Of course, these data don't often present themselves on websites. Before you sell yourself, you should network with your potential colleagues. Incubators, competitions, and professional trade organizations like BIO are great places to strike up conversation.

We will talk about how to set mutually acceptable expectations in a future post. For now, let's say you were able to come to an arrangement and you're ready to go. I recommend five steps to progressively provide value to your new team. Startups are naturally leveraging a cutting-edge approach to solve complex challenges. So the question becomes: How do we provide value while we learn?

1) Project Management

Every startup has a lot going on, and even critical items can be overlooked in the context of technically challenging or similarly important deliverables. Serving as a project manager enables you to provide value to your team through organization. From a learning perspective, you have the opportunity to see how the business is working beyond one given technical area or task.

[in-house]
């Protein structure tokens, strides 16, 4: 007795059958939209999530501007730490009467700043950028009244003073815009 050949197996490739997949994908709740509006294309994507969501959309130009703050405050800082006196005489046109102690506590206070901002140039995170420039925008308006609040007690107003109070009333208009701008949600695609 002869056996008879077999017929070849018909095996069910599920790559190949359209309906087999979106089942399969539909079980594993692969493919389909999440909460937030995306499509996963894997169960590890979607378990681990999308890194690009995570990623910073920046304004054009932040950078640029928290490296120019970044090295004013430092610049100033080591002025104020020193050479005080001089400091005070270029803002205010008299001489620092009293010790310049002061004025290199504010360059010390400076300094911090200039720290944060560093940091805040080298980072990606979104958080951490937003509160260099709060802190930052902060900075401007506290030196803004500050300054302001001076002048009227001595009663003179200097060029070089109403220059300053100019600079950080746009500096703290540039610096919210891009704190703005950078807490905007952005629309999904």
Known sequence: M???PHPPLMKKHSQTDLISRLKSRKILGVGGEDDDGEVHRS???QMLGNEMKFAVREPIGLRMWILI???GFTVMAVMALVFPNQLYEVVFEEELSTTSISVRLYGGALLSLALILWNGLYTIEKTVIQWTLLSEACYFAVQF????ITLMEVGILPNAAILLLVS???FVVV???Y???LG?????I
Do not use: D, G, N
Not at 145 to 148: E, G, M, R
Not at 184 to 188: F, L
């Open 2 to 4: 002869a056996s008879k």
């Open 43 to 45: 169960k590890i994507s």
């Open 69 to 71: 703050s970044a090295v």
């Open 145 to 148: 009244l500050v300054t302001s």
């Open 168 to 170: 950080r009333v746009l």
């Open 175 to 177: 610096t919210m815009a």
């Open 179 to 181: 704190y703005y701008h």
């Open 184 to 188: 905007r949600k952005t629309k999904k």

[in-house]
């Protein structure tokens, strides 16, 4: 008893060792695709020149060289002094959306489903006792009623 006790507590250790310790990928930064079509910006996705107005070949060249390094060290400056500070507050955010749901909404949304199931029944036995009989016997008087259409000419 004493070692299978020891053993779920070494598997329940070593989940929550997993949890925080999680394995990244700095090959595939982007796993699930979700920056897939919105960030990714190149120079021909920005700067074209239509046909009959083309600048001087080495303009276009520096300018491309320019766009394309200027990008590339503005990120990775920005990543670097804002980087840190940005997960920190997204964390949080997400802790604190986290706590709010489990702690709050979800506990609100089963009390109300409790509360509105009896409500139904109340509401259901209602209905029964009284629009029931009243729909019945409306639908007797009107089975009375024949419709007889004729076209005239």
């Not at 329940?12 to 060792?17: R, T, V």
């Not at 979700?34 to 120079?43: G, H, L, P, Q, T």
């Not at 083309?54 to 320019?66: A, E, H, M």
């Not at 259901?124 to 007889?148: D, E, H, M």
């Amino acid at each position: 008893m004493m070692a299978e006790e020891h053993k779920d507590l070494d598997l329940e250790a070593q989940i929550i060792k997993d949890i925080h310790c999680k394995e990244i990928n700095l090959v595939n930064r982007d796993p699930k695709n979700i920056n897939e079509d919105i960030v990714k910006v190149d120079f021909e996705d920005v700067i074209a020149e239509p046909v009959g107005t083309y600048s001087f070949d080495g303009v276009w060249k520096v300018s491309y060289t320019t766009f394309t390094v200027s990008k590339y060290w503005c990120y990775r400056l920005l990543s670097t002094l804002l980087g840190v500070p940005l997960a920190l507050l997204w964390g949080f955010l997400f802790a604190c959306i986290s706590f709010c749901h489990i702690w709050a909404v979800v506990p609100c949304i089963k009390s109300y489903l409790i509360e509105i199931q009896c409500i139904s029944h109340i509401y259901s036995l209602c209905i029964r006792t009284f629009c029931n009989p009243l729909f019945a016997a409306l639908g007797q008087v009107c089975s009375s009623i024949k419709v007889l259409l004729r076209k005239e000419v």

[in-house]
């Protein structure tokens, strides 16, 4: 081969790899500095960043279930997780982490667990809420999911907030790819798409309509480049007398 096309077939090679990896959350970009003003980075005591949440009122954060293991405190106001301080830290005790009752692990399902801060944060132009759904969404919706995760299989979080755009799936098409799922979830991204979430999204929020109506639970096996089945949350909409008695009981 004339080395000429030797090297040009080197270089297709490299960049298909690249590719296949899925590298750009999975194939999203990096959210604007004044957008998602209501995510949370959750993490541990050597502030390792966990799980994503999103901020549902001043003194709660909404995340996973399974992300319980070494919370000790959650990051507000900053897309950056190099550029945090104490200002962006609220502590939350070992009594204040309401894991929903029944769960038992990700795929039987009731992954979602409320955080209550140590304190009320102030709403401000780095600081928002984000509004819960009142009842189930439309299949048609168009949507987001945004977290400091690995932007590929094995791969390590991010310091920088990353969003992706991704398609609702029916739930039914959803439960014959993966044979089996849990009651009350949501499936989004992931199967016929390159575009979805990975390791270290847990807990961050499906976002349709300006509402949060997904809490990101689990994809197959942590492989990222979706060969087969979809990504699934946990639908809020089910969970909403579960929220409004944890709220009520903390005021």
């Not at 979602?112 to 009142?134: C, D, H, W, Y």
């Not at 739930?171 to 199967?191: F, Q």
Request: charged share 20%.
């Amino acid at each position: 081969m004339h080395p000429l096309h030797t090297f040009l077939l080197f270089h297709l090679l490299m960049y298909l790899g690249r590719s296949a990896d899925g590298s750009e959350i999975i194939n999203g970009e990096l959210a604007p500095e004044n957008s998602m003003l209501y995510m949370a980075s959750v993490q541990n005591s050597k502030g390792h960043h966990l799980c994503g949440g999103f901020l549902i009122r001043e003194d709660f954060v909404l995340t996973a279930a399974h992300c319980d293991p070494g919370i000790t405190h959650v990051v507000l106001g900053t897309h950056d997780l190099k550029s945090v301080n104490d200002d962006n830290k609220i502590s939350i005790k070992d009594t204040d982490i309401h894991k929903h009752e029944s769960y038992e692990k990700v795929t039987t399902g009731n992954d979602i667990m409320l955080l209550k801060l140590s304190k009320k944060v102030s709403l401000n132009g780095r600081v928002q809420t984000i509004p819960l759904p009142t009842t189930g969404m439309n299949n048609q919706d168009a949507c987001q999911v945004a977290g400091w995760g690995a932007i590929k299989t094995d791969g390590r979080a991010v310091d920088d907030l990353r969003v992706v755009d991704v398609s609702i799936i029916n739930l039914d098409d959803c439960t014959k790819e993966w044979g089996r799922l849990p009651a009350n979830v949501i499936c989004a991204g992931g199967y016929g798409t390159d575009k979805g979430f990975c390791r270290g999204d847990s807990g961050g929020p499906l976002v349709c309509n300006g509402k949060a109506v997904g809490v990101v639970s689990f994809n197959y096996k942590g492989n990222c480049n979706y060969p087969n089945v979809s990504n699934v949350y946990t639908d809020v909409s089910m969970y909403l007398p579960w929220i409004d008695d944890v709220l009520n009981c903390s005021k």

It is also one of the best licenses to ask questions about a business. For instance, following up with a colleague on the status of a pitch deck section can lead to one of two outcomes:

a) 'Yes, I have it right here' - This is an opportunity to ask about any baseline assumptions, positioning, or execution that may not be apparent to a new reader. Since many documents and data need to eventually face eyes outside the company, shoring up these weaknesses are essential.